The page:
In a matter of weeks, our world has adopted an entirely new everyday vocabulary. Included are phrases such as “social distancing,” “self-isolation,” and a much more frequent use of the word “quarantine” than anyone less than one hundred years old has ever experienced. Stay-at-home orders and warnings to “hunker down” at home have created a new normal for personal and family life as well as a major shift in the where and how-to as it relates to the workplace.
As many make the transition to a work-from-home setting, the video conference call has become the number one means for staff to stay connected. While learning the ins-and-outs of launching or joining a video conference will be a must, let’s not forget the importance of video conferencing etiquette. Consider these “yes, please” and “steer clear” guidelines from the video conferencing pros.
A test run – Confirm both the internet connection and computer hardware are in working order. What could and should have been a productive meeting can crash and burn quickly due to connectivity issues or a malfunctioning microphone or speakers.
Most video conferencing apps can assist with testing your microphone, webcam, and speakers. Several quick online internet speed tests can confirm the speed of your internet connection.
Mute your microphone – Especially for people who are new to video conferencing, the need to mute their microphones before joining a call may slip by them. Even those experienced at teleconferencing often slip up on this simple step. Noisy pets, screaming children, and worse yet, screaming children chasing noisy pets can derail a meeting in short order. Not to mention how the background noises we’ve grown accustomed to—a ringing telephone, the television, even a loud, ticking clock, can distract others from focusing on the meeting.
Then, remember to unmute the microphone when it’s your turn to speak or that well-practiced inquiry/announcement/request will go nowhere.
Wear appropriate clothing – The temptation to show up to the meeting in your “new” work attire consisting of a favorite old t-shirt and baggy sweats will not go over well. So, dress the same as you would for an in-person meeting at the office.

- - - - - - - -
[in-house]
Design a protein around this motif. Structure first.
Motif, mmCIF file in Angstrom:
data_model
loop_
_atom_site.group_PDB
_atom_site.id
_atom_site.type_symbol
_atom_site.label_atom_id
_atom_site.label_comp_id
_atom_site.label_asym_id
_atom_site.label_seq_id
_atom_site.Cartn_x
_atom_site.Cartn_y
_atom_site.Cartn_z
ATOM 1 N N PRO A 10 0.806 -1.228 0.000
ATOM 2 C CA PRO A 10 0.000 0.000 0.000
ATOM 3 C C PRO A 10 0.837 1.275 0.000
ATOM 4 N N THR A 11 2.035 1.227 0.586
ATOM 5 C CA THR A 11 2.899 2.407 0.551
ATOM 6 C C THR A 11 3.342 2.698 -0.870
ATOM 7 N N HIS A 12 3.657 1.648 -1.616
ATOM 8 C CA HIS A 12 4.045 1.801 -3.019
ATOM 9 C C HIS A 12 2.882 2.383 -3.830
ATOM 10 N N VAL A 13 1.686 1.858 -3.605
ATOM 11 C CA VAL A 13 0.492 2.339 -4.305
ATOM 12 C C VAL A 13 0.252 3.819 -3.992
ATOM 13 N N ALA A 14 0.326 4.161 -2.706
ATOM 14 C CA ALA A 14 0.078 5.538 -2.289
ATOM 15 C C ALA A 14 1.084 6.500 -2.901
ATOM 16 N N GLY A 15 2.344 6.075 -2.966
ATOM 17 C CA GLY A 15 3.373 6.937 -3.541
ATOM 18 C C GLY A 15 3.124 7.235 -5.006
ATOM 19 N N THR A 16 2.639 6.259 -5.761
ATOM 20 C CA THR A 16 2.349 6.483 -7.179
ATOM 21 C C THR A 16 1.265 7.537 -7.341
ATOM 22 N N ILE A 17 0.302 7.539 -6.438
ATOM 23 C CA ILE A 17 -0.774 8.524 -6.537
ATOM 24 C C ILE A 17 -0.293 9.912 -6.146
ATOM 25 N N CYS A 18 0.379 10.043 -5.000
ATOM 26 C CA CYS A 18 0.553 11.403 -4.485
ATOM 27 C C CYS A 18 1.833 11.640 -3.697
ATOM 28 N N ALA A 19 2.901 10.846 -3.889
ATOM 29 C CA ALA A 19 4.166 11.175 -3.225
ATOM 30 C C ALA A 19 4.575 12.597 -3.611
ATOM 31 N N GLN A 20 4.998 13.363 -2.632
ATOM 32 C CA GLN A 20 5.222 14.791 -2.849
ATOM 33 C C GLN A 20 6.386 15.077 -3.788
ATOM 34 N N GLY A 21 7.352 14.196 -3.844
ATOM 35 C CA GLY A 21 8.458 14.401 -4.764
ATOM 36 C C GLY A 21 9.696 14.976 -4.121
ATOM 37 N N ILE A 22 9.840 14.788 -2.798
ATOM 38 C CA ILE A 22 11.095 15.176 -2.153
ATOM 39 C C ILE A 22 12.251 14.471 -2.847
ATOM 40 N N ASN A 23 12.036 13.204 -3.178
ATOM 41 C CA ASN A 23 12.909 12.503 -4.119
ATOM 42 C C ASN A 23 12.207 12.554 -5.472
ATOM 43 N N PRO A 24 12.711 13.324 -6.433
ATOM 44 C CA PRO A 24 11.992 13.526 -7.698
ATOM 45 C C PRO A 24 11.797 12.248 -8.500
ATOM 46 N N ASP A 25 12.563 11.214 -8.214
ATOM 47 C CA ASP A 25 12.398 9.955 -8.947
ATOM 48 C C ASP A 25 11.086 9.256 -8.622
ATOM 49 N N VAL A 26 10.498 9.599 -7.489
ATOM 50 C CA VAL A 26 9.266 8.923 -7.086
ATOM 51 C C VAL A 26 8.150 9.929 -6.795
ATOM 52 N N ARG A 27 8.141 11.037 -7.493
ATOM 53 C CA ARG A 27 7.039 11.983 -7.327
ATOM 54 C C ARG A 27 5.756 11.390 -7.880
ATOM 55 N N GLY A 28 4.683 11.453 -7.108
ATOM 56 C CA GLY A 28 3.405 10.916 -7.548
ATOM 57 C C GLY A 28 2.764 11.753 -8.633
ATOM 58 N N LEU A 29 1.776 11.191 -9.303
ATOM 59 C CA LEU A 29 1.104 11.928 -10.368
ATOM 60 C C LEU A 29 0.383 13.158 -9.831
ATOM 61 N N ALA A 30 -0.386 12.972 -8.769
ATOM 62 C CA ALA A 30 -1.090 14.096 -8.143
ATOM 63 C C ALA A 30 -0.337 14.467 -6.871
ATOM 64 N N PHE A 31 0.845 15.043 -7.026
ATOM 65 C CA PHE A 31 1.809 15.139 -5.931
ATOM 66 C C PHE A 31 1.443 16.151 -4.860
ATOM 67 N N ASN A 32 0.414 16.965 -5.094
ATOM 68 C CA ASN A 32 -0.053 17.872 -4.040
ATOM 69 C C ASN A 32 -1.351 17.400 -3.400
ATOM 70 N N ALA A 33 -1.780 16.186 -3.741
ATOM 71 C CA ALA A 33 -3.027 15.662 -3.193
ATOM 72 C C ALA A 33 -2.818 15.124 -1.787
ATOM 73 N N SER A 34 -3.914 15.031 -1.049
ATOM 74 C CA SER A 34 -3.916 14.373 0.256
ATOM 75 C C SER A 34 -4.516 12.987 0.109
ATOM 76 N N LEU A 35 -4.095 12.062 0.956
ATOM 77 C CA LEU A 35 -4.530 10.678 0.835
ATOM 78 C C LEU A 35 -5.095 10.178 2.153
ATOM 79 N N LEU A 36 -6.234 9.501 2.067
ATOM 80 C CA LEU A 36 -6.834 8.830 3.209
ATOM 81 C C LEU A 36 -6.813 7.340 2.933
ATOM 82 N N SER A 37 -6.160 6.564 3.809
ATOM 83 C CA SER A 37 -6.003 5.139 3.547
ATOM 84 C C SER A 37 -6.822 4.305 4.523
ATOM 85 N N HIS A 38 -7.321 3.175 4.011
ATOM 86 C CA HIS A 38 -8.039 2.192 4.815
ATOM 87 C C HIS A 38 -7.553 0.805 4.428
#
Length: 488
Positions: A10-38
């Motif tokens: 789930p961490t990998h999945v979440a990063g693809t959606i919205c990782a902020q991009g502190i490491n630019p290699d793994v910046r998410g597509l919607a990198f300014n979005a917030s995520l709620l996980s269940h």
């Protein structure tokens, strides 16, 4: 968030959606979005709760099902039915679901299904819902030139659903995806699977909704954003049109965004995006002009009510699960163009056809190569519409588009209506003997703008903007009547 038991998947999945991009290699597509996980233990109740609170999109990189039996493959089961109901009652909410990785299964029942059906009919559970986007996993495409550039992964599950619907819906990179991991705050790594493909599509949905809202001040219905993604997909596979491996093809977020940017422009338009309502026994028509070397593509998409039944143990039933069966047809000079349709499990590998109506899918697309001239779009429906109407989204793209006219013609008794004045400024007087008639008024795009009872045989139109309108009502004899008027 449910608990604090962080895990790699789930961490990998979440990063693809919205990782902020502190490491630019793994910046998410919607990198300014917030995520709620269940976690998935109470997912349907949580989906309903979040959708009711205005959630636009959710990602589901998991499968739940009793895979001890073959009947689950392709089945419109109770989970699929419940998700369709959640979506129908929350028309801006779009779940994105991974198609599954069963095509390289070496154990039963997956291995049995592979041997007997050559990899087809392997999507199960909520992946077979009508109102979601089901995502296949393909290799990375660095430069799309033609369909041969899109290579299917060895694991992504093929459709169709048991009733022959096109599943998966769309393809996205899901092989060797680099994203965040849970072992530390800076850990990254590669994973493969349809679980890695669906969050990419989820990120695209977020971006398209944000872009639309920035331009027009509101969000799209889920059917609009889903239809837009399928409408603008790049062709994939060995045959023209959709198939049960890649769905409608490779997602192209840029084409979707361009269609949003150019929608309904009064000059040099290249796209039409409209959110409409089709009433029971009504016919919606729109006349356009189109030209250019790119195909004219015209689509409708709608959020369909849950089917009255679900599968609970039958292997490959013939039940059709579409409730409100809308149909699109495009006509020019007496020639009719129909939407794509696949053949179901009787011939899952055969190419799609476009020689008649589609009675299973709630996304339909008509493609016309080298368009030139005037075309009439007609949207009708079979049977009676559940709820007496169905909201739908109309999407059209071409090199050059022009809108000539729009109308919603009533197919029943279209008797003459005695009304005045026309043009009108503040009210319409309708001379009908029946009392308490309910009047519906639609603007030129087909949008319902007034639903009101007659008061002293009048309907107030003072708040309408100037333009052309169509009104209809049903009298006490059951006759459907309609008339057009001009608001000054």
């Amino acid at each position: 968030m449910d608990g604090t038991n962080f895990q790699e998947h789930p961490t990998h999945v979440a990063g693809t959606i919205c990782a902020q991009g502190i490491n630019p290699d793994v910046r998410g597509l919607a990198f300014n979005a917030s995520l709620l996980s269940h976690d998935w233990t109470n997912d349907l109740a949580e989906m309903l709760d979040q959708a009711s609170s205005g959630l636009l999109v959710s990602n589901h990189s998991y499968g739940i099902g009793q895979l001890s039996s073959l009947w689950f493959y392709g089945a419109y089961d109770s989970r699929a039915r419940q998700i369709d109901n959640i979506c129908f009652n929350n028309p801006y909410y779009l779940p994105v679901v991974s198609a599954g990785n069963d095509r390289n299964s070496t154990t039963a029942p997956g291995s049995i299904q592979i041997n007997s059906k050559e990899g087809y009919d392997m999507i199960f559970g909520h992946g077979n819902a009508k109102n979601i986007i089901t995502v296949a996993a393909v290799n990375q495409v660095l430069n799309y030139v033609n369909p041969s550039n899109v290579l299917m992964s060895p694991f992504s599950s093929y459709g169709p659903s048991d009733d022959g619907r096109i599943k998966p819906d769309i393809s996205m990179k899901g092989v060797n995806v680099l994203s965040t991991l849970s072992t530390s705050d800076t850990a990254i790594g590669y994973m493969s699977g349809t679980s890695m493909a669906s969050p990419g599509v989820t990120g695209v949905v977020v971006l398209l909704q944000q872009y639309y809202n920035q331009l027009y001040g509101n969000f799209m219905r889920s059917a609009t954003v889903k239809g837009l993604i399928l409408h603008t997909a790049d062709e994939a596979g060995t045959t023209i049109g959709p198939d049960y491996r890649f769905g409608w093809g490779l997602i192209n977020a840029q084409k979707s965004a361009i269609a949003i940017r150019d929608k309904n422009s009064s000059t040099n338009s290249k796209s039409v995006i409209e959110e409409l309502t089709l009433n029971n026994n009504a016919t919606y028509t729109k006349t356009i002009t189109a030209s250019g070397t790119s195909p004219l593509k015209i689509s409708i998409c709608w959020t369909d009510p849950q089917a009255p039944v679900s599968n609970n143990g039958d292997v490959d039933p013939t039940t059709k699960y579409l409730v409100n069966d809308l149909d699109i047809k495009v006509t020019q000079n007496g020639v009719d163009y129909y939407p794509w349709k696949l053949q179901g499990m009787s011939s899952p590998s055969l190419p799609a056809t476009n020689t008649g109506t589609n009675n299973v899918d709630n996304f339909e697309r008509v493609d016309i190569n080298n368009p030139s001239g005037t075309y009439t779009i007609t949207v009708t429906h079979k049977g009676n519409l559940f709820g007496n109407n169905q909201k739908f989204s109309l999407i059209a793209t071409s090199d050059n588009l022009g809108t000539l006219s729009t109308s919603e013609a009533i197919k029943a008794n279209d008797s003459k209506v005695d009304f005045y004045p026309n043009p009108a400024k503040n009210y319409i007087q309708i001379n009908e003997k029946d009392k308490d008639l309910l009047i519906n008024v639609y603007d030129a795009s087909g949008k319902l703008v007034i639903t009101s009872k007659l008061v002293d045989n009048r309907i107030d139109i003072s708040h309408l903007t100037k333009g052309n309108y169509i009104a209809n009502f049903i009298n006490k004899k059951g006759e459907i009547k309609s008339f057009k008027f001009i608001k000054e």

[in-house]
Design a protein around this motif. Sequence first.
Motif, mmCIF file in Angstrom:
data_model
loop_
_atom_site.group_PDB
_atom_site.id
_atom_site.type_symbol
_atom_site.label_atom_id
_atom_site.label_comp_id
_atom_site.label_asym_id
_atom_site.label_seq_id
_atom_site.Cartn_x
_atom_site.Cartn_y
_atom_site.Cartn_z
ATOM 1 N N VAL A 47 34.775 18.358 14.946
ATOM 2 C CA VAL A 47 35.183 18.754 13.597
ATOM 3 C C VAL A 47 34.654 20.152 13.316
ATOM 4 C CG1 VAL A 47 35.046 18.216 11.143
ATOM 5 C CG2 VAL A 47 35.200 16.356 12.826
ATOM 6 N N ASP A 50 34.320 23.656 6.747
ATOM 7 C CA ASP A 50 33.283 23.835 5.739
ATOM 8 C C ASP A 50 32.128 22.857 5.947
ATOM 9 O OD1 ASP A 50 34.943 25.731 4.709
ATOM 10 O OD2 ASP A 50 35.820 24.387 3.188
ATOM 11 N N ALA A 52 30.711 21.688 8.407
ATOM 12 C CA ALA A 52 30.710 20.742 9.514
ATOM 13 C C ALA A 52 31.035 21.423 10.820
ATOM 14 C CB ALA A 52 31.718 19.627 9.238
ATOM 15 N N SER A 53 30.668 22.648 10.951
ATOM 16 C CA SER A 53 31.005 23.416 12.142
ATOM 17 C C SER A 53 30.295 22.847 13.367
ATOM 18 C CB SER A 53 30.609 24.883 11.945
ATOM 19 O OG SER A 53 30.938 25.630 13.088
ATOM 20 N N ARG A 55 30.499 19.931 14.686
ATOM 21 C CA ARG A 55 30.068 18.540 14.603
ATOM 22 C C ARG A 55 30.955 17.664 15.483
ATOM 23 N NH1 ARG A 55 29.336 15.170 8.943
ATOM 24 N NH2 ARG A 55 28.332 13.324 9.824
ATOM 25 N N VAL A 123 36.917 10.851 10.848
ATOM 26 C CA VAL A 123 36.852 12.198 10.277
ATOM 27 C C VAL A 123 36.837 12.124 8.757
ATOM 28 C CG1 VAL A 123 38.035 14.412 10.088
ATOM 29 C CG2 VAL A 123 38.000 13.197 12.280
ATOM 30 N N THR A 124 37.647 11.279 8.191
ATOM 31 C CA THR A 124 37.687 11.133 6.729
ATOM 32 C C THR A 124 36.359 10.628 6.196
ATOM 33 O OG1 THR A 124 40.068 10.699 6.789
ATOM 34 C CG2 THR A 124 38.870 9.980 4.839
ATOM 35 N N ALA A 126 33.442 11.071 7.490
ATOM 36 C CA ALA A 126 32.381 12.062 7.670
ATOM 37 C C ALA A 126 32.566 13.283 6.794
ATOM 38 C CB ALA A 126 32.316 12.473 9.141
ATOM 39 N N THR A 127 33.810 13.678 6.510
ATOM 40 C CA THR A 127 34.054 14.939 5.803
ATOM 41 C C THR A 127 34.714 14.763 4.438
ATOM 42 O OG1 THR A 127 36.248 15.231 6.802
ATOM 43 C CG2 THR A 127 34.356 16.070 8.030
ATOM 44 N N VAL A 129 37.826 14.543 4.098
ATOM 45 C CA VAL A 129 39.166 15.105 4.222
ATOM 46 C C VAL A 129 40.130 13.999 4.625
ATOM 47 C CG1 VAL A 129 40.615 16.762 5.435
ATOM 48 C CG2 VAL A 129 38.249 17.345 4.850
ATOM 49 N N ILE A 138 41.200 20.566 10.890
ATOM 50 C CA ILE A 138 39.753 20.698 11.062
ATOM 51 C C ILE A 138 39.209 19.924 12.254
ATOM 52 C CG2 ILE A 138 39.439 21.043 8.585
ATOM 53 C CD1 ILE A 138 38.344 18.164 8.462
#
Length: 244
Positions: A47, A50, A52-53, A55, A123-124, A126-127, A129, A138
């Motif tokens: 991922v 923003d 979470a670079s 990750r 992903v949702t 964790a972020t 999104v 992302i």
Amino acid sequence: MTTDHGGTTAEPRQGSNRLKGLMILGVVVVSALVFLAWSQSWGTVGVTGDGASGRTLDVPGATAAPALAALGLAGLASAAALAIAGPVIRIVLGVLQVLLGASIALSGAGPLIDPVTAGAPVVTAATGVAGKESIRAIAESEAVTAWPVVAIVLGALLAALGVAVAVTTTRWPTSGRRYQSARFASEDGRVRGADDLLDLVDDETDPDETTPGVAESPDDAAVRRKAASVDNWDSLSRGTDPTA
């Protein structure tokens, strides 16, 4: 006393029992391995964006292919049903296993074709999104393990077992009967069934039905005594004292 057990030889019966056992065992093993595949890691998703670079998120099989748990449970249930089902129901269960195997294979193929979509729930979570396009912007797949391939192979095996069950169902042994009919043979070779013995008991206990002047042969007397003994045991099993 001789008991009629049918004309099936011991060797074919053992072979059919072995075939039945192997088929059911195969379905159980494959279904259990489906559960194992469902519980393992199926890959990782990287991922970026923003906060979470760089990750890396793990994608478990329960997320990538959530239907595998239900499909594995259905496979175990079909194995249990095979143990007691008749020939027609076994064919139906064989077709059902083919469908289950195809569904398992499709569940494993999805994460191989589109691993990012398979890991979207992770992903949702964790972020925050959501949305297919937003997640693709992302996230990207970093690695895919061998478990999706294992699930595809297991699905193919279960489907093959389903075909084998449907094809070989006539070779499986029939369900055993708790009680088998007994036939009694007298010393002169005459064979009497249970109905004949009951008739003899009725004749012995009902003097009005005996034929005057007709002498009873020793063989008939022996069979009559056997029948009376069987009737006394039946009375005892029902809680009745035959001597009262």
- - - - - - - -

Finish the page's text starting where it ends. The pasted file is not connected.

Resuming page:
Zone out – The nature of a video conference where a person sits in a chair and stares at a computer screen can lead to boredom, sleepiness, or a wandering mind.
“If you do drift off and switch to a different app, like Twitter or Facebook, be aware that people may know,” warns Brian X. Chen, lead consumer technology writer for the New York Times. “The Zoom app, for example, has a setting that lets hosts see if you have switched away from the Zoom app for more than 30 seconds — a dead giveaway that you aren’t paying attention.”
That goes for other work-related tasks as well, such as reading emails, perusing articles, or proofing documents. Listen with both ears and a fully engaged mind. Taking notes via paper and pen may help you focus, but no typing up the meeting’s finer points. Being in another application may be more distracting than helpful and may also be noticeable to your meeting mates.
Combine personal and work life during a call – The weekly sales meeting is not the time to get in a quick workout in the basement, fix lunch, or bath the kids. The greatest challenge of working remotely is often finding a quiet, family-free zone in which to work. As most video calls will take place at pre-arranged times, do your best to arrange to be absent from the household clamor during the call.
During these challenging times, ASJ Partners stands ready to meet your changing marketing needs. The current unprecedented circumstances may call for an in-depth review of your advertising strategy, and that’s where our team can help. With more than twenty-five years of experience in customizing comprehensive marketing strategies, our know-how can get your company through this challenging season. Give us a call today!